Visiting the Bush Block can hold a mixture of emotions for many of the children. As we talked through what we were about to embark on and viewed some images of the place we were about to visit, it highlighted some of the feelings that the children were experiencing. Discussions like this occur before each visit which is how we create our risk assessment with the children. It provides the children with a sense of control and autonomy over their experience and supports them in thinking about potential dangers and how to avoid them. Feelings of excitement and anticipation can be clouded with fears and worries about an unpredictable environment, so providing opportunities for children to share their concerns, along with working through strategies to help them overcome their fears, empowers children, assists in self regulation and supports their ability to manage their feelings.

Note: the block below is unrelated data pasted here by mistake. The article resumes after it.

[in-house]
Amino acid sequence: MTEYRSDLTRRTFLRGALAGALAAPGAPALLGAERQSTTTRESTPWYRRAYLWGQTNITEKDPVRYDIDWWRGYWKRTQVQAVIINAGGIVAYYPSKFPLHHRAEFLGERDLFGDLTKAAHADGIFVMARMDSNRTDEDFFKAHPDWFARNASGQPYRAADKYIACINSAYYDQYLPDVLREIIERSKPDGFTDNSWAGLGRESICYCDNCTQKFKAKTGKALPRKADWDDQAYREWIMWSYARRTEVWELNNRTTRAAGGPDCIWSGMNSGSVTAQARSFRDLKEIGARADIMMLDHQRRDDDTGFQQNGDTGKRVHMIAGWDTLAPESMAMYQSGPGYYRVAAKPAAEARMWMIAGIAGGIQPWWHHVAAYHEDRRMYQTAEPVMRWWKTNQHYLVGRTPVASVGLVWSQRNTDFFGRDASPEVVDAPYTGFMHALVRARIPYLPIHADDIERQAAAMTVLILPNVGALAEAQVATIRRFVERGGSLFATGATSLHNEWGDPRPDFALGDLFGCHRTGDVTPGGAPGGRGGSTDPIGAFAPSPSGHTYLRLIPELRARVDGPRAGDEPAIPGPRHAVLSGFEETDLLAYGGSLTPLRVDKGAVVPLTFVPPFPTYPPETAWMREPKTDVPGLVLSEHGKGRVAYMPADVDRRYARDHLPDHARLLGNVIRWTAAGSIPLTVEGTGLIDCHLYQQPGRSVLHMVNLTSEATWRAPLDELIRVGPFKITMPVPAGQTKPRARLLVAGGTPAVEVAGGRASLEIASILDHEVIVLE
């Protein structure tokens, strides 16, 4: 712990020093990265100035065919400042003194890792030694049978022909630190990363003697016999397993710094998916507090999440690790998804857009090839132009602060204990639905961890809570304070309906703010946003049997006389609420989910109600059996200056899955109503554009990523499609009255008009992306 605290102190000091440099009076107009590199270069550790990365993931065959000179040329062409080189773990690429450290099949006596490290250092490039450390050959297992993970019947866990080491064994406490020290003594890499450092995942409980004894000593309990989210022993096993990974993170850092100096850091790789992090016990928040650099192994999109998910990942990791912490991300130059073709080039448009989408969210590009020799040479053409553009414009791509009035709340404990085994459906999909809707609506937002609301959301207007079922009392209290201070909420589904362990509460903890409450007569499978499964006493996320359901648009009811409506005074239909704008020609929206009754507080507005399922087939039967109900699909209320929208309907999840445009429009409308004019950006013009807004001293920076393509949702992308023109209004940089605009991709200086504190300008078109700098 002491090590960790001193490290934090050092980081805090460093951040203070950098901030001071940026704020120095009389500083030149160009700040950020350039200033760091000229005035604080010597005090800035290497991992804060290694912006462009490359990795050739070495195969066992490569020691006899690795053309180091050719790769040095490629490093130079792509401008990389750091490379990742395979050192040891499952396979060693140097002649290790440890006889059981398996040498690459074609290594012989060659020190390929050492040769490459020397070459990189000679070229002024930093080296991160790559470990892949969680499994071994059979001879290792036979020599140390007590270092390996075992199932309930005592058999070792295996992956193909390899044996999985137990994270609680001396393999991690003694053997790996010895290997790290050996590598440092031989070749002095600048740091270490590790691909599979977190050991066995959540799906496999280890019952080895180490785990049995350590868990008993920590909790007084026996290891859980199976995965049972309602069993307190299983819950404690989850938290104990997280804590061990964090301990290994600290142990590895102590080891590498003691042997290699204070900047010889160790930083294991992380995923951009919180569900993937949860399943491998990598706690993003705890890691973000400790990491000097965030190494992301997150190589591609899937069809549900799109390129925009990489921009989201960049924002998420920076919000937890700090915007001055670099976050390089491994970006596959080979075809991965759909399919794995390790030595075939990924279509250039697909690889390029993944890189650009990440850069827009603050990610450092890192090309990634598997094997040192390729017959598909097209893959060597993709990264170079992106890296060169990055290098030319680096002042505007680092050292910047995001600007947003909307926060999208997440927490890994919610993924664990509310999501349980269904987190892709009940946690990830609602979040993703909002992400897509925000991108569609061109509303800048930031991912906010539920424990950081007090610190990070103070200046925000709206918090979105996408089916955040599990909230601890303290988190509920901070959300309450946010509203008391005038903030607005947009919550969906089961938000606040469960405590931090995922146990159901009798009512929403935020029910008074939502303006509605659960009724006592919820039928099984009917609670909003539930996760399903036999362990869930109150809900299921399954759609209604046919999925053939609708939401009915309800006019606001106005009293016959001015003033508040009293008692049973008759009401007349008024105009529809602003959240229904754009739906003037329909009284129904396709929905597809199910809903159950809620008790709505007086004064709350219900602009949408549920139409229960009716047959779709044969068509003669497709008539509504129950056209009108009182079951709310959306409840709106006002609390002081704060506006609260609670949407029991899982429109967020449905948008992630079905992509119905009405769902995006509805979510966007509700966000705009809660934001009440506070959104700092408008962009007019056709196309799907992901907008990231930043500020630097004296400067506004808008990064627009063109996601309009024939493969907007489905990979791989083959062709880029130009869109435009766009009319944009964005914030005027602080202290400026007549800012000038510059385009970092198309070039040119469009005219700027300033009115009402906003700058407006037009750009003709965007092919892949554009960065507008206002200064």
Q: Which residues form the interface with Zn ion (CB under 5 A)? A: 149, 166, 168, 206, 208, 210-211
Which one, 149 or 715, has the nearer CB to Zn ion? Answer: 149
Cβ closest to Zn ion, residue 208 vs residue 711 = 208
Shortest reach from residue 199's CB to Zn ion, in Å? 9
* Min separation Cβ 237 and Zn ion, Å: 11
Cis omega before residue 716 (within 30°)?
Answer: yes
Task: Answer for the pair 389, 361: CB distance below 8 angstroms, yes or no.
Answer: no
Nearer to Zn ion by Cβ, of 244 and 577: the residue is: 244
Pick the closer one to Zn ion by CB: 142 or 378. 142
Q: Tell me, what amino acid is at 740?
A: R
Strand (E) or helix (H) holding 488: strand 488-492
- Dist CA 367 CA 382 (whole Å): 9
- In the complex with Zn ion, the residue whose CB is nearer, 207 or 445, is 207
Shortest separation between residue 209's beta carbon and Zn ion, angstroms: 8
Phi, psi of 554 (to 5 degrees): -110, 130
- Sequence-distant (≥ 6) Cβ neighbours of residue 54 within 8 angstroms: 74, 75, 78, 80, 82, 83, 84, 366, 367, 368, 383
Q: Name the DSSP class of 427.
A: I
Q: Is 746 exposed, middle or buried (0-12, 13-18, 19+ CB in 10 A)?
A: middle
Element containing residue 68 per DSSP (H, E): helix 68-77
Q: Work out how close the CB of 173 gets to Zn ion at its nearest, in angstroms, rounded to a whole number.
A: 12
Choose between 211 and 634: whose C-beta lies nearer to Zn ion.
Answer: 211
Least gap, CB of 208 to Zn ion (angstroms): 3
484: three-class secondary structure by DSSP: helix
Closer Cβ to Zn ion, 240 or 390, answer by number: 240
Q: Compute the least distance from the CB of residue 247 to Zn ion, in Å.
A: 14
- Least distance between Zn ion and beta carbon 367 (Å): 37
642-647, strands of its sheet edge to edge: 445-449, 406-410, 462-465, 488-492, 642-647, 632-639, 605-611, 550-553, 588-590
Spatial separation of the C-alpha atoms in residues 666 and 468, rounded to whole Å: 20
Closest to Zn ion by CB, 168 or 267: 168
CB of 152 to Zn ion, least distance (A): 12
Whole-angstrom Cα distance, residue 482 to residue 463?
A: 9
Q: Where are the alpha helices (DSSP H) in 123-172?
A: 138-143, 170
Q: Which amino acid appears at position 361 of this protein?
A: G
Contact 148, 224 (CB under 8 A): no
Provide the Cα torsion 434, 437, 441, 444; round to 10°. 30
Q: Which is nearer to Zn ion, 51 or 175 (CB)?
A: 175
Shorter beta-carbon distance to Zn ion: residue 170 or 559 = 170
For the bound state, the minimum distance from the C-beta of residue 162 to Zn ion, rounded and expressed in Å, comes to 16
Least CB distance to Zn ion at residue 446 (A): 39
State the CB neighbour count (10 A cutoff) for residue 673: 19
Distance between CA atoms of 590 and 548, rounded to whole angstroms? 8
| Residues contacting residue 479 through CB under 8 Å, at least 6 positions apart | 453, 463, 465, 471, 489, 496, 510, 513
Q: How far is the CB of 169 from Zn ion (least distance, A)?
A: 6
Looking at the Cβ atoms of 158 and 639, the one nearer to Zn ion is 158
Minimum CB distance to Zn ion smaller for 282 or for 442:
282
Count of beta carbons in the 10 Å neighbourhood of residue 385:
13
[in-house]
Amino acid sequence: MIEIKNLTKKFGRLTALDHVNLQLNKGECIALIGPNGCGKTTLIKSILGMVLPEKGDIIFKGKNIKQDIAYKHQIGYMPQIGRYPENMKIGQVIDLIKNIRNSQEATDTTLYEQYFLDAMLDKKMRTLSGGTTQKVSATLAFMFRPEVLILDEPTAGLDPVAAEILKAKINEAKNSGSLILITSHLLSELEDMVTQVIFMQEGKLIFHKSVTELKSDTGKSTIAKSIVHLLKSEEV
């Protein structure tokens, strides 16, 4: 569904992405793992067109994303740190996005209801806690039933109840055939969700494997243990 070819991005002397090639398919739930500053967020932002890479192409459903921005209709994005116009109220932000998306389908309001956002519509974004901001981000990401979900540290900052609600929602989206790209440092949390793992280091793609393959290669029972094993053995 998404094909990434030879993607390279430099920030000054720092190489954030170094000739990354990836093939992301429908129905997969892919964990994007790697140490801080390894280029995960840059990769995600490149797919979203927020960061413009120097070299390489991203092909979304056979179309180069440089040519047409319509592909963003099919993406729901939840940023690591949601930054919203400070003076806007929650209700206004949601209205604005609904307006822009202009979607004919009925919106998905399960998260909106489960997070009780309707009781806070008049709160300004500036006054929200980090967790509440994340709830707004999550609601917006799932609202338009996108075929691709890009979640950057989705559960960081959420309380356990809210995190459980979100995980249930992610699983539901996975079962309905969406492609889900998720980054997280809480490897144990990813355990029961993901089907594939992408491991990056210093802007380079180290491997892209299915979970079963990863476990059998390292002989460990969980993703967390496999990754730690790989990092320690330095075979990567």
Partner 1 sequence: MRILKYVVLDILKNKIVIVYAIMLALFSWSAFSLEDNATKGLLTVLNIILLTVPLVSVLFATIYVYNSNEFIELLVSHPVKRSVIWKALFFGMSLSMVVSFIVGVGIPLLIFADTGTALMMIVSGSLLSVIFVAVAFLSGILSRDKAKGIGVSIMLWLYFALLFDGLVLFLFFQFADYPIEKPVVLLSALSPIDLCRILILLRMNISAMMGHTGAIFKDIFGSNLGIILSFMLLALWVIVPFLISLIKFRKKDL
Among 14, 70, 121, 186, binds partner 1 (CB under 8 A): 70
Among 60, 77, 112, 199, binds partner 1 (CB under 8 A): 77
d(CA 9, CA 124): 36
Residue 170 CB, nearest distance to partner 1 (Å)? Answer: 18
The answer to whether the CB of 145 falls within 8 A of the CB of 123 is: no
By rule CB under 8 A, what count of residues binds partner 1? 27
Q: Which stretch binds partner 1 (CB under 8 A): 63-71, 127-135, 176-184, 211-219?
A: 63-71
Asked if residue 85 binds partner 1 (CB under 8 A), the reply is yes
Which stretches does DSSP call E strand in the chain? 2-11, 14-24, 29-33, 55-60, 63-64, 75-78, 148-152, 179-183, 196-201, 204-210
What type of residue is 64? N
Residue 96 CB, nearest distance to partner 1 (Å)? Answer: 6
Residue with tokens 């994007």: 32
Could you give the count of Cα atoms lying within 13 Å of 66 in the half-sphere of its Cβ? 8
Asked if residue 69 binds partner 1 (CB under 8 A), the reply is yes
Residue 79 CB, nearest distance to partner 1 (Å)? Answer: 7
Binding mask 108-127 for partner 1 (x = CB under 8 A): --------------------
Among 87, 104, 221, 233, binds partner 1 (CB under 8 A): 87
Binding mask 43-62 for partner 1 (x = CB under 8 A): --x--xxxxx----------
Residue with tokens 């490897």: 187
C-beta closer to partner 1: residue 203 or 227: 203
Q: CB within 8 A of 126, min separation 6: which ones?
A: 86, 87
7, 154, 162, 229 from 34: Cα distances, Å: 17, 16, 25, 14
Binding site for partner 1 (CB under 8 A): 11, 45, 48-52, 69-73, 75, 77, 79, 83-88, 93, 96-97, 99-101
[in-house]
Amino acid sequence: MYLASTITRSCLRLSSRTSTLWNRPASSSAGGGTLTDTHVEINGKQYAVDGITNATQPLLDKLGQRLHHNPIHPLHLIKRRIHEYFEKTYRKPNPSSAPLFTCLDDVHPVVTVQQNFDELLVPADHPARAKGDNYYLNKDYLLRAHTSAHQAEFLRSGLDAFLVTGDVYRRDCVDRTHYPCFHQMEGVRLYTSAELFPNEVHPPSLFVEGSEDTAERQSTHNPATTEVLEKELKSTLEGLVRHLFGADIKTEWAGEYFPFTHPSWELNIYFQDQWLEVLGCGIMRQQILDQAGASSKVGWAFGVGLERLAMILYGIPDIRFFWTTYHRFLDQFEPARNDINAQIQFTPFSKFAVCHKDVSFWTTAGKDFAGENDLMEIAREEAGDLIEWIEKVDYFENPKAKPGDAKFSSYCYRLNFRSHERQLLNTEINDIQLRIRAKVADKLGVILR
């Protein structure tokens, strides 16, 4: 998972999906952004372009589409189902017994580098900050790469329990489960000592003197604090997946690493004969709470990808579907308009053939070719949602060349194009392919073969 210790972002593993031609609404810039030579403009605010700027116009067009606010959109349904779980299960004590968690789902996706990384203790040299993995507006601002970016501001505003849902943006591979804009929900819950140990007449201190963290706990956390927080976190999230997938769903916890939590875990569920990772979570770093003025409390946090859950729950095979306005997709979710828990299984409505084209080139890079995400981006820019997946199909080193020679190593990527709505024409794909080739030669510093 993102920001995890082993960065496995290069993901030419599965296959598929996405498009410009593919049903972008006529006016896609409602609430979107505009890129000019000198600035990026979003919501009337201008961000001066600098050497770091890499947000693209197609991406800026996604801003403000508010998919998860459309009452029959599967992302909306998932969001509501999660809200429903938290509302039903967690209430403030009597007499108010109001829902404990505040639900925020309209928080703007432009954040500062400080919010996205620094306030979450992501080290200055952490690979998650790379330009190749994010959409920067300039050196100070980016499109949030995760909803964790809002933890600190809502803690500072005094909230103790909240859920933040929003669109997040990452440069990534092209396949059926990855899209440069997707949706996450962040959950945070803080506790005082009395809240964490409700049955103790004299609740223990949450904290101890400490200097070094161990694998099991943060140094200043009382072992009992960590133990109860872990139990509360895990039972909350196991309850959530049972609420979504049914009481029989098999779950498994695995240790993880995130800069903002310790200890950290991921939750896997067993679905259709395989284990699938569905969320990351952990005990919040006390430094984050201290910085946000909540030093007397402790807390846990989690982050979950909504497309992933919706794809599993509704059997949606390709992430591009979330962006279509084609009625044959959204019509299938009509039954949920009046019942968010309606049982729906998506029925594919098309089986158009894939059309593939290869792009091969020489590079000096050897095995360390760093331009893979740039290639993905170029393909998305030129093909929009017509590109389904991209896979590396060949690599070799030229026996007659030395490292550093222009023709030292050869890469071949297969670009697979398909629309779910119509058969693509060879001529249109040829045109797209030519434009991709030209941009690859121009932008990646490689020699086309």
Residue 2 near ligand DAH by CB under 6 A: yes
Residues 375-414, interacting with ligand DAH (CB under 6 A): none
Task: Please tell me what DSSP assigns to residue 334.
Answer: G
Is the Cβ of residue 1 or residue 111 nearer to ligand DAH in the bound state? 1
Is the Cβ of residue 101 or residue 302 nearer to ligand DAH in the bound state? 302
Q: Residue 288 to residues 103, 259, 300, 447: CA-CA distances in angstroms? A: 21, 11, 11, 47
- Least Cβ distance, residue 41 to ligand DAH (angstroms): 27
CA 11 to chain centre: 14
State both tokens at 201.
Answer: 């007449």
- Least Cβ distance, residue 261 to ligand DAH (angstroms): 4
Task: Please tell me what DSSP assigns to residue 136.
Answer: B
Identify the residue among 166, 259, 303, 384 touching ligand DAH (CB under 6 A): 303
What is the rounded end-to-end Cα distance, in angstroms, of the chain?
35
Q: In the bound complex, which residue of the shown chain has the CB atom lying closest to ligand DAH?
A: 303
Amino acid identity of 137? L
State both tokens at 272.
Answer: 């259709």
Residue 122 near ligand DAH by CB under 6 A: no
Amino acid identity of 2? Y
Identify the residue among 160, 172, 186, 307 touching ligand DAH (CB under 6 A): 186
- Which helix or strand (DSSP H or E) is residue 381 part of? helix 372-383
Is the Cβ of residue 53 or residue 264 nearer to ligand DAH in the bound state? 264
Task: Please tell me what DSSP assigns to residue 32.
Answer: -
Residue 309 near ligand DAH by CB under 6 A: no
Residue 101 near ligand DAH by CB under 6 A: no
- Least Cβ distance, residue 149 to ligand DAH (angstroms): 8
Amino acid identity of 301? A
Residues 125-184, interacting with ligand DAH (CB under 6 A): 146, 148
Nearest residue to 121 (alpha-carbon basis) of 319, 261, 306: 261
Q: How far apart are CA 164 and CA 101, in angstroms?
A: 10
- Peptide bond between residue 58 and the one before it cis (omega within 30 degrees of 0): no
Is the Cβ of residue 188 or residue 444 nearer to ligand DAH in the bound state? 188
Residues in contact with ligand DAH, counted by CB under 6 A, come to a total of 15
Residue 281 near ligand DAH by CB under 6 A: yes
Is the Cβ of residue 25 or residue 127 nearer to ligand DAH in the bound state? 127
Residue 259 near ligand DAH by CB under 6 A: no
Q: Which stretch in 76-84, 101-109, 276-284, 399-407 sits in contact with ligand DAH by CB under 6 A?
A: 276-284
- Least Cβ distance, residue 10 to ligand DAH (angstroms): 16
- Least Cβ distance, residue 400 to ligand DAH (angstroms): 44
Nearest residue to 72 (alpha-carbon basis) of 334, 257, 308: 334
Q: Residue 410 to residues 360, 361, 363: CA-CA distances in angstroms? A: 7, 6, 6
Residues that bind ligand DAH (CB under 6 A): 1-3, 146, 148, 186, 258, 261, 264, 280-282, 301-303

In response to our Bush Block visit, this week we have a ‘Bush Block play box’ which allows children to use the power of play and imagination to overcome fears and worries about experiences they may have encountered in the Bush Block. Using the props and adjuncts in a play table allows children to communicate their feelings in safe way, it gives them control as they can enter and leave a fictional world at will. It encourages children to play together, to self regulate and exchange ideas. This week we have witnessed children playing out their fears about the ants in the Bush Block using the play box props. It was amazing to listen to them exchanging ideas with each other, problem solving and acting out their plans to “get up high” because “they can’t get us up here”. We look forward to another visit to the Bush Block soon to see if working through this fear through play will have an impact on how they manage themselves in the real world.